Tue, May 08, 2018 - Page 7 News List

Stories in online ‘Loneliness Project’ shed light on ‘part of being human’

The Guardian, Toronto

The screen shows a cluster of apartment buildings, some of them empty, some with the figure of a person silhouetted against the window. Click on an apartment and a story pops up on screen.

“I spent two hours alone, wandering around an Ikea, because I was too nervous to ask people to come with me,” it reads. “I ate two hotdogs and bought nothing.”

The confession is part of The Loneliness Project, an online platform dedicated to showcasing stories of social isolation from around the globe.

The result is a sort of digital antidote to the often highly curated world of social media, said Marissa Korda, the Toronto-based graphics designer behind the initiative.

“Facebook is a happiness project. Instagram is a happiness and beauty project,” the 26-year-old said. “We need more projects that talk about how life is happy, and it’s also lonely and it’s sad.”

She launched the project in October last year with a call for anonymous stories.

More than 1,400 stories soon came pouring in from more than 60 countries around the world, ranging from Taiwan to Syria to Cuba.

For those experiencing chronic loneliness — a debilitating condition that differs from the ebb and flow of transitional loneliness addressed through the project — the Web site offers resources to find help.

Some on the Web site share their stories of moving to a new place and not knowing anyone while others reel from breakups. Others detail the heartbreak of not having anyone to wait for them as they undergo surgery, or to cheer them on as they cross the finish line of a marathon. One man spoke of walking his dog alone on Christmas, the scent of turkey wafting in the air as he glimpsed living rooms filled with families and friends.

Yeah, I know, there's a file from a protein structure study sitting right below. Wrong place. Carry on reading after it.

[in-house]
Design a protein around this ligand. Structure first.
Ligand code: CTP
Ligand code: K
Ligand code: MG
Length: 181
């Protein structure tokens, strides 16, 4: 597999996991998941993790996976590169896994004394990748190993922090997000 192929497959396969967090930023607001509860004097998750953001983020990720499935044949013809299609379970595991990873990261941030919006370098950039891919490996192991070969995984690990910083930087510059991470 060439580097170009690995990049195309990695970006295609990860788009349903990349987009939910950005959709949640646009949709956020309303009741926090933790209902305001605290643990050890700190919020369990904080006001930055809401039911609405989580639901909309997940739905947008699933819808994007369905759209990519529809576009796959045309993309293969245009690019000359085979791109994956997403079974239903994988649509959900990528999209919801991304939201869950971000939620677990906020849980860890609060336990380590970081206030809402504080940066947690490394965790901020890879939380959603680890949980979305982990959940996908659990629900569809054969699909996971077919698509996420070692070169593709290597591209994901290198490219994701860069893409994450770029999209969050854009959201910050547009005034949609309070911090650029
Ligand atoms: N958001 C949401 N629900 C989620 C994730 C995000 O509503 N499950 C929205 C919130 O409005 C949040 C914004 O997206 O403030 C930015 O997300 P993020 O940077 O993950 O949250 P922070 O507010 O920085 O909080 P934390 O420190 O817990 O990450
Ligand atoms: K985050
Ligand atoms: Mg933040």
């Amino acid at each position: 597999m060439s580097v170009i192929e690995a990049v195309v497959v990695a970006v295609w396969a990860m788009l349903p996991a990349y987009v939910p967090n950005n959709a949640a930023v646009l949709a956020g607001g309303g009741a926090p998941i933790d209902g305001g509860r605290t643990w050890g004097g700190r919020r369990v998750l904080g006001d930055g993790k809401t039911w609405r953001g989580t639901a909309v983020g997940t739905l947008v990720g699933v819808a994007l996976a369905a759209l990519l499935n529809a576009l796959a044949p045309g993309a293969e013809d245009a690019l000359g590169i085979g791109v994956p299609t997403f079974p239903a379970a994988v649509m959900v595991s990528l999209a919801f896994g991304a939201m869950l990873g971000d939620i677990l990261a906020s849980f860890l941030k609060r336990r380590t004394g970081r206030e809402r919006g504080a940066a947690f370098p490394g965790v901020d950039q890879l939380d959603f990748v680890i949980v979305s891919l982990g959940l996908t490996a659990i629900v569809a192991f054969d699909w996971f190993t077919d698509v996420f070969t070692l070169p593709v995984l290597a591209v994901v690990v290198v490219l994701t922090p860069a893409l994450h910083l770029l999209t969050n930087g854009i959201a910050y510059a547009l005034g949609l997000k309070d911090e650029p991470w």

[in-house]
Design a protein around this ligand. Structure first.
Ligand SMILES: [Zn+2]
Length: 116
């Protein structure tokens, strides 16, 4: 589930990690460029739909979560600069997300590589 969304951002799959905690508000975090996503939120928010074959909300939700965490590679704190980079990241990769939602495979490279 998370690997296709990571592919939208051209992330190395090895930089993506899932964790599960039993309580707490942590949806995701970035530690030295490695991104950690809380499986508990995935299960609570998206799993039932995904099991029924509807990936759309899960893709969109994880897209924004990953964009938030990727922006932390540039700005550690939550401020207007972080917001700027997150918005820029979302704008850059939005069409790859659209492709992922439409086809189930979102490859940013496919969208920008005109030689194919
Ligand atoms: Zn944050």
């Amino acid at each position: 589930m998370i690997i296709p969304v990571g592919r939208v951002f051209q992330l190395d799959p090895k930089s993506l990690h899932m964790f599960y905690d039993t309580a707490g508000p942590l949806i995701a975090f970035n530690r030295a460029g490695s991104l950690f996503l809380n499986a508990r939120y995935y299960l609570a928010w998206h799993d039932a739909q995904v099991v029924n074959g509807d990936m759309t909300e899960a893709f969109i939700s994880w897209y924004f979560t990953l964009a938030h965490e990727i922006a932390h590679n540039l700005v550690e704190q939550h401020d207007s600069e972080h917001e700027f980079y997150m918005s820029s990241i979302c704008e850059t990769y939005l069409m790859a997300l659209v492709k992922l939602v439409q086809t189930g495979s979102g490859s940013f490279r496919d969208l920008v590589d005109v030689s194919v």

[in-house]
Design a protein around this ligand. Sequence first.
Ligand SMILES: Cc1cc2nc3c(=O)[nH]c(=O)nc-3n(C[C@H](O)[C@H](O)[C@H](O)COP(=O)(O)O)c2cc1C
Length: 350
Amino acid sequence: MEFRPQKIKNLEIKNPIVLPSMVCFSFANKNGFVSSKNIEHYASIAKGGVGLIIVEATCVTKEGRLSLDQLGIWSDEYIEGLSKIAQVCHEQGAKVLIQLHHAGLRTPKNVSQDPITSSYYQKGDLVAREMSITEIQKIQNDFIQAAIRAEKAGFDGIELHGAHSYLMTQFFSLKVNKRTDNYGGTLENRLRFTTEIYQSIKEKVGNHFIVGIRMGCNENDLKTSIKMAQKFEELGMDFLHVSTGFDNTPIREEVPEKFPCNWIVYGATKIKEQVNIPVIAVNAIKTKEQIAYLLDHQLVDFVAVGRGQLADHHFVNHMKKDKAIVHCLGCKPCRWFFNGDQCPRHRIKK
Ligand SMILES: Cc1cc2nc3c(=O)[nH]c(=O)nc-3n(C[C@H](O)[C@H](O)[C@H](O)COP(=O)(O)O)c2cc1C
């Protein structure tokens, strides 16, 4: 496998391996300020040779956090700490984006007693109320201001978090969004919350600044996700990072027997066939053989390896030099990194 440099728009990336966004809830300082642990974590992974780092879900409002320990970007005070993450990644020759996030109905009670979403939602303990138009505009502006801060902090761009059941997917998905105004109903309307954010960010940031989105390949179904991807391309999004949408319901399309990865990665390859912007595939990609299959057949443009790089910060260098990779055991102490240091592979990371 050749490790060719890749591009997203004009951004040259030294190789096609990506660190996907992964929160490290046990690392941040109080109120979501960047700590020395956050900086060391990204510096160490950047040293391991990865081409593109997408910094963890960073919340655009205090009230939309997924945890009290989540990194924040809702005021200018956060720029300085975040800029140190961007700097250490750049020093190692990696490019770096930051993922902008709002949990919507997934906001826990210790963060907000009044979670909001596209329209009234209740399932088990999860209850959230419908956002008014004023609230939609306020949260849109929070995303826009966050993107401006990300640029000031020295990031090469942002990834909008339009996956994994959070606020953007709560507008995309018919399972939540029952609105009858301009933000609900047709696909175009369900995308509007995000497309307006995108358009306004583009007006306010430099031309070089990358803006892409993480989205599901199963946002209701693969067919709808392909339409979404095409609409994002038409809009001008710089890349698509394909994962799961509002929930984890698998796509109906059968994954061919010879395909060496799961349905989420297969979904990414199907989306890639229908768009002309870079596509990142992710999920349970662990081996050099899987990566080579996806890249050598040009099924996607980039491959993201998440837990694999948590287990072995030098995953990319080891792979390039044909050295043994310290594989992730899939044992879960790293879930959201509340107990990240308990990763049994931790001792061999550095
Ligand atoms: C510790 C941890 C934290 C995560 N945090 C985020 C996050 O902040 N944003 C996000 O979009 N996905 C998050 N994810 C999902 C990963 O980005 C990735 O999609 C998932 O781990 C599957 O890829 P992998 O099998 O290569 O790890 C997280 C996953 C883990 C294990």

After months of reading the stories, Korda has picked up on a pattern: At the heart is a profound disconnect between what people are hoping to get from their social interactions and the reality of their situations.

“We’ve really stigmatized loneliness, to a degree that makes it really hard to talk about,” she said. “I’m also trying to show loneliness as just a normal part of being human. It comes, it goes, it’s something that we experience and it doesn’t need to be as isolating as it is.”

Korda sifts through the submissions to the Web site, publishing a handful of stories each week against the site’s backdrop of apartments and the din of city traffic.

She has spent hundreds of hours to date putting together the Web site, describing it as an unpaid labor of love that she hopes to one day expand to include other, often-hidden emotions such as guilt and failure.

While Korda welcomed the attention, she worried that much of it reinforced the idea that loneliness exists solely as something to be eradicated.

“It’s not realistic to expect that we can cure loneliness and I don’t think we should — it’s part of being human,” she said. “It’s a signal to ourselves that we want something more from our social interactions.”

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